Believe it or not, we here at the Mercury generally think of ourselves as optimists. But frankly, we're skeptical that this huge effort is going to produce proportionately valuable results. With so much input, it seems the "vision" will either be a muddled mess of platitudes—residents will urge the city to go for nice, vague things like green space and sustainability and family friendliness—or a laundry list of hyper-specific wants from 100,000 people (like, "Fix the pothole in front of my house!" and "Give everyone a bike").
That's where the Mercury comes in. You wouldn't catch us dead in any "vision vessel" (and there's no way we're attending a "coffee talk"), but we've definitely got a ton of concrete, progressive ideas for Portland's future that Mayor Potter can steal. (Feel free to use 'em yourself, if you accidentally stumble into the Vision Vessel.)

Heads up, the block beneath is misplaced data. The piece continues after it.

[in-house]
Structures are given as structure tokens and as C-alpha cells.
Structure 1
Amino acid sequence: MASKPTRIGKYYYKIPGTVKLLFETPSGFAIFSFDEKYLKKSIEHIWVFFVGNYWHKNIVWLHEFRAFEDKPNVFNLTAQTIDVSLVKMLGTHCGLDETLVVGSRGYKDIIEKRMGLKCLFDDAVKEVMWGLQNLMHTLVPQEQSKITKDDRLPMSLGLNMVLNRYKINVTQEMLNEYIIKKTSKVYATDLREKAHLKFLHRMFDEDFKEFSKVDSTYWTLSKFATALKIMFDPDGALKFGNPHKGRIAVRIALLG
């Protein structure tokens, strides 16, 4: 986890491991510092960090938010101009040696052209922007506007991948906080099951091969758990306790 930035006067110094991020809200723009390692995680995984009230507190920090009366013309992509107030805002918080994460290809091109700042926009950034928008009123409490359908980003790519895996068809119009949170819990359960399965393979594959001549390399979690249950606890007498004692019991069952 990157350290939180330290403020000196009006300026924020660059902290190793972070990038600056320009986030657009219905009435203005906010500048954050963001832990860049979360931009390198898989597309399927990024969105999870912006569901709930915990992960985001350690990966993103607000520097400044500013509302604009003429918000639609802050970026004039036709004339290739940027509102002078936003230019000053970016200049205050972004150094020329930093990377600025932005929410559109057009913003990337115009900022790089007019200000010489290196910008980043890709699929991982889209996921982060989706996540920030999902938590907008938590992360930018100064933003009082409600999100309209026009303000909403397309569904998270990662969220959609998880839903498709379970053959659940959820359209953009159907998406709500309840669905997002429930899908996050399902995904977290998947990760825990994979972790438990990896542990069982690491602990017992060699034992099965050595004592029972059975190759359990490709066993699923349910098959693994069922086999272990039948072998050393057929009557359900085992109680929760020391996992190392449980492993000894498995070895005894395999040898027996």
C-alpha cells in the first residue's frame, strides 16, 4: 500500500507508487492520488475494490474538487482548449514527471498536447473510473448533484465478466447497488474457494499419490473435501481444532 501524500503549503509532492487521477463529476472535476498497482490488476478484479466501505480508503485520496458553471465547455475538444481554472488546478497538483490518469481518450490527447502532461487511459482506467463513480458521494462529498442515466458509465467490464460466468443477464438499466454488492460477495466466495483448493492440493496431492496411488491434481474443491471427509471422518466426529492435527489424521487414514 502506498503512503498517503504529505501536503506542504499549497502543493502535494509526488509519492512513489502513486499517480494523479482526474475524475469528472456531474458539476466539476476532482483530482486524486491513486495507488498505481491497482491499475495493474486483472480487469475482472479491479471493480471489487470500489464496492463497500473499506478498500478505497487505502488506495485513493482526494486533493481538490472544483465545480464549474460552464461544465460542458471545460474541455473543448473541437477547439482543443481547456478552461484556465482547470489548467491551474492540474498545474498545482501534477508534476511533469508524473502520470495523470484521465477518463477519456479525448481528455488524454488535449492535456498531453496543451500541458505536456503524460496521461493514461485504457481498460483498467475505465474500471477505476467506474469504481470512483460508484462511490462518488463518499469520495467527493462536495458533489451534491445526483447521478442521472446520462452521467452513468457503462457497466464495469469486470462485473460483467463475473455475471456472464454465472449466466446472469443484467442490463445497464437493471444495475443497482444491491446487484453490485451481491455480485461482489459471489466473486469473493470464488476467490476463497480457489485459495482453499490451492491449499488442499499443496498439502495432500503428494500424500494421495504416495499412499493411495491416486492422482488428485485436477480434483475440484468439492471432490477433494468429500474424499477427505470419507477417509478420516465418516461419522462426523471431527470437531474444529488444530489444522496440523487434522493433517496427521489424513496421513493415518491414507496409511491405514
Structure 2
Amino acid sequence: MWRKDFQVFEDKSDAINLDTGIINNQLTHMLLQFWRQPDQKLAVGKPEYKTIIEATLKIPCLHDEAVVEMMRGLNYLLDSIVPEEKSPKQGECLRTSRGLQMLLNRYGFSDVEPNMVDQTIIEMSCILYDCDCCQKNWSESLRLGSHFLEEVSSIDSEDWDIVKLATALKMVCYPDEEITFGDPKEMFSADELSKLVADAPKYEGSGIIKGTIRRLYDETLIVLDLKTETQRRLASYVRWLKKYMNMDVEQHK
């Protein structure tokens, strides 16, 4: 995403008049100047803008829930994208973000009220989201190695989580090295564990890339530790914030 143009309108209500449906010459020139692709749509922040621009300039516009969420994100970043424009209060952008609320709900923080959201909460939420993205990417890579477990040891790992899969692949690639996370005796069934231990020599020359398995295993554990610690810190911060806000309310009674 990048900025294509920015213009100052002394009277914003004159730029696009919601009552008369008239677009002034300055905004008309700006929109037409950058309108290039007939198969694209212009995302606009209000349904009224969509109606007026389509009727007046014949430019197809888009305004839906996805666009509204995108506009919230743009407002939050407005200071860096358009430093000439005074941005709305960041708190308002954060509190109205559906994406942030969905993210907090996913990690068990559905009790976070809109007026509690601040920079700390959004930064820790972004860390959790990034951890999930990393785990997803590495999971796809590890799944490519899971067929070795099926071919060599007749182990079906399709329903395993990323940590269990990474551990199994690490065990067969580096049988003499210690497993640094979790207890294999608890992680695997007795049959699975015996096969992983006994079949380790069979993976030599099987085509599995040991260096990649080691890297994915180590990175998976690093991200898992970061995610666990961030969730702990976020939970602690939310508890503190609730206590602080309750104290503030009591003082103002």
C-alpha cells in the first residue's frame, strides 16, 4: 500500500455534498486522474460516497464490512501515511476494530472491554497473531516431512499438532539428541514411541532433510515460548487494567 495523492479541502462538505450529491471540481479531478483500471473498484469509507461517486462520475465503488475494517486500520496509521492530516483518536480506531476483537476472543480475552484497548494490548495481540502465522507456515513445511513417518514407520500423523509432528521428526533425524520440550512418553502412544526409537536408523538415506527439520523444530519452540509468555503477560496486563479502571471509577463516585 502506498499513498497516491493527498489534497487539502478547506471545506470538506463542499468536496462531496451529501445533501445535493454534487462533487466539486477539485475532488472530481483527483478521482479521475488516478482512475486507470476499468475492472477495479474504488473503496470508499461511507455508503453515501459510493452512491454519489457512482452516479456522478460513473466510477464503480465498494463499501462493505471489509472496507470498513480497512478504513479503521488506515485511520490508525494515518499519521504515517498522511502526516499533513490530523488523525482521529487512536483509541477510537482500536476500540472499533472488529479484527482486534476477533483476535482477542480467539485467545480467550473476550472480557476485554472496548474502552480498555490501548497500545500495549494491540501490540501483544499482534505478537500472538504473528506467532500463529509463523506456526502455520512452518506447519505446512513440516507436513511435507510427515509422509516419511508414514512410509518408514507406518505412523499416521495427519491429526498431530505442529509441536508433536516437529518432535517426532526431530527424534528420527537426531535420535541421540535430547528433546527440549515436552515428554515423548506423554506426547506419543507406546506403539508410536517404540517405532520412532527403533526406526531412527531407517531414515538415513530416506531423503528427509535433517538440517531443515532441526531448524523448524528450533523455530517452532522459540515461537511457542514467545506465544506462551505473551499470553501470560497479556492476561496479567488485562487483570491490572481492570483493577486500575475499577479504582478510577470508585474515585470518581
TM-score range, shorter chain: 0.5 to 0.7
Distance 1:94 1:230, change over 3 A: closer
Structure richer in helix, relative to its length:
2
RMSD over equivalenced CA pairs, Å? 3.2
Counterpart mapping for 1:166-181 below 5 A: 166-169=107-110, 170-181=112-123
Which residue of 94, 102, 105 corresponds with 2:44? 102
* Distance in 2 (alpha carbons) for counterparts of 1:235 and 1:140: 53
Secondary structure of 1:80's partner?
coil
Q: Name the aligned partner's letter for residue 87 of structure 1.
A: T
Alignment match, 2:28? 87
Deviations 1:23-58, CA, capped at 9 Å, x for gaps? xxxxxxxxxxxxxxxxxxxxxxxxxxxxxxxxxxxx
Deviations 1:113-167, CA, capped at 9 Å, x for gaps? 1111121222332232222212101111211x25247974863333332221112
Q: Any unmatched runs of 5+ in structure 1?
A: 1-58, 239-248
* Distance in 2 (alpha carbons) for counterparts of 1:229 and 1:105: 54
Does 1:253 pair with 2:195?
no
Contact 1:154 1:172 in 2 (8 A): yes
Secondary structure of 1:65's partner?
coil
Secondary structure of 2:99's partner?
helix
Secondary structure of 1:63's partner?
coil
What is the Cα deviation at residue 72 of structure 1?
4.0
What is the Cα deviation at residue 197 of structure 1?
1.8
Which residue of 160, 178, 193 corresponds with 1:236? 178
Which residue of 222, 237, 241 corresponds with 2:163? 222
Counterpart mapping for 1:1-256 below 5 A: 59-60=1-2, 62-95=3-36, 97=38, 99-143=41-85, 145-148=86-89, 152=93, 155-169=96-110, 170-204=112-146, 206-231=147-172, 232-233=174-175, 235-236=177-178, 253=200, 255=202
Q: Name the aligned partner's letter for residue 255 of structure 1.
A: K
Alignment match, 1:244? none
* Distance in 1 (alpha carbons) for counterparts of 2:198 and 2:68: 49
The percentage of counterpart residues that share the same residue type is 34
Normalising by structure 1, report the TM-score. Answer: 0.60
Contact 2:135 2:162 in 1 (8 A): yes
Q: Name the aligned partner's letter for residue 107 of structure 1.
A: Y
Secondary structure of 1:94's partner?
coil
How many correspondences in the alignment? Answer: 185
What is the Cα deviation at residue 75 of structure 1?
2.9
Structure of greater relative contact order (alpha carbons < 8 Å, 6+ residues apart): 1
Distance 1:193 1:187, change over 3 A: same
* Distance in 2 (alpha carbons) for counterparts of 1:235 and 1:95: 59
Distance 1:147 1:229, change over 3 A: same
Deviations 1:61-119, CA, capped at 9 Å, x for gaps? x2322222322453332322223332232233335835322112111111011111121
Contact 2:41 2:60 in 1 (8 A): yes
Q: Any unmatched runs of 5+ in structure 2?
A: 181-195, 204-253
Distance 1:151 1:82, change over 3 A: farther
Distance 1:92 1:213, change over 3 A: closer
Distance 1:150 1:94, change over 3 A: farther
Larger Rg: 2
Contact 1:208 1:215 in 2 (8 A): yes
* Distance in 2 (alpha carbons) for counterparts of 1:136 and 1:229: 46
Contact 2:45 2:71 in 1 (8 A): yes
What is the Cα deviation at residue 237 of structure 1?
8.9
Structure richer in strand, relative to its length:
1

This is the city we want for the future. Because we love Portland, too.
It's Time to Grow Up
Simply put, we want Portland to make the leap from sleepy burg to real city. That means taller buildings downtown and throughout the city; denser, more bustling neighborhood centers with a mix of housing options and—gasp!—nightlife; round-the-clock transit; a mayor who occasionally brawls with the city council; a vibrant arts scene (with more all ages music!), and businesses open late all over town.